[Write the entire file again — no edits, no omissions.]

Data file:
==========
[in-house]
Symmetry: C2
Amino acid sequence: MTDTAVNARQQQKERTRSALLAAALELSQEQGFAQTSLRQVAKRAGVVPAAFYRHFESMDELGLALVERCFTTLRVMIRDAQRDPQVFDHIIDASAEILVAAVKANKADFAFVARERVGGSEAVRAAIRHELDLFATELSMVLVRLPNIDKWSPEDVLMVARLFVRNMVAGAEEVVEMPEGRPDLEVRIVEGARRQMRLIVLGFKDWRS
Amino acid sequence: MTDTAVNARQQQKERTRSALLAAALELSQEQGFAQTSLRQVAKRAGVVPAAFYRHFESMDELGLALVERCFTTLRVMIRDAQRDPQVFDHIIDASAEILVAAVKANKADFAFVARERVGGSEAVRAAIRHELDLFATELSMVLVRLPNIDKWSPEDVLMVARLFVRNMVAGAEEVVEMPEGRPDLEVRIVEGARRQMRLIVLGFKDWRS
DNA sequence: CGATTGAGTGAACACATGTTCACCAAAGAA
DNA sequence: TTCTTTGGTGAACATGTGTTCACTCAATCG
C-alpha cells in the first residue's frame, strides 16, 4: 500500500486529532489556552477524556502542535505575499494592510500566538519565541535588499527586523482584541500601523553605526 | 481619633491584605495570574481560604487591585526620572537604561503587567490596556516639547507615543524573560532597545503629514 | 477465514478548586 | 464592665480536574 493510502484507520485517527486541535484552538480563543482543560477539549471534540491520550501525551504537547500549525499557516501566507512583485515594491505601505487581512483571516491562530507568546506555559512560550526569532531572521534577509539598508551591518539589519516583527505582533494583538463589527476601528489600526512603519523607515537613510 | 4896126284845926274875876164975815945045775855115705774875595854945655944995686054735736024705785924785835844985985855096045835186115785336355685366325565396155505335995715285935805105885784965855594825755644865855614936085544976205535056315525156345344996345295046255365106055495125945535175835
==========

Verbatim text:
[in-house]
Symmetry: C2
Amino acid sequence: MTDTAVNARQQQKERTRSALLAAALELSQEQGFAQTSLRQVAKRAGVVPAAFYRHFESMDELGLALVERCFTTLRVMIRDAQRDPQVFDHIIDASAEILVAAVKANKADFAFVARERVGGSEAVRAAIRHELDLFATELSMVLVRLPNIDKWSPEDVLMVARLFVRNMVAGAEEVVEMPEGRPDLEVRIVEGARRQMRLIVLGFKDWRS
Amino acid sequence: MTDTAVNARQQQKERTRSALLAAALELSQEQGFAQTSLRQVAKRAGVVPAAFYRHFESMDELGLALVERCFTTLRVMIRDAQRDPQVFDHIIDASAEILVAAVKANKADFAFVARERVGGSEAVRAAIRHELDLFATELSMVLVRLPNIDKWSPEDVLMVARLFVRNMVAGAEEVVEMPEGRPDLEVRIVEGARRQMRLIVLGFKDWRS
DNA sequence: CGATTGAGTGAACACATGTTCACCAAAGAA
DNA sequence: TTCTTTGGTGAACATGTGTTCACTCAATCG
C-alpha cells in the first residue's frame, strides 16, 4: 500500500486529532489556552477524556502542535505575499494592510500566538519565541535588499527586523482584541500601523553605526 | 481619633491584605495570574481560604487591585526620572537604561503587567490596556516639547507615543524573560532597545503629514 | 477465514478548586 | 464592665480536574 493510502484507520485517527486541535484552538480563543482543560477539549471534540491520550501525551504537547500549525499557516501566507512583485515594491505601505487581512483571516491562530507568546506555559512560550526569532531572521534577509539598508551591518539589519516583527505582533494583538463589527476601528489600526512603519523607515537613510 | 4896126284845926274875876164975815945045775855115705774875595854945655944995686054735736024705785924785835844985985855096045835186115785336355685366325565396155505335995715285935805105885784965855594825755644865855614936085544976205535056315525156345344996345295046255365106055495125945535175835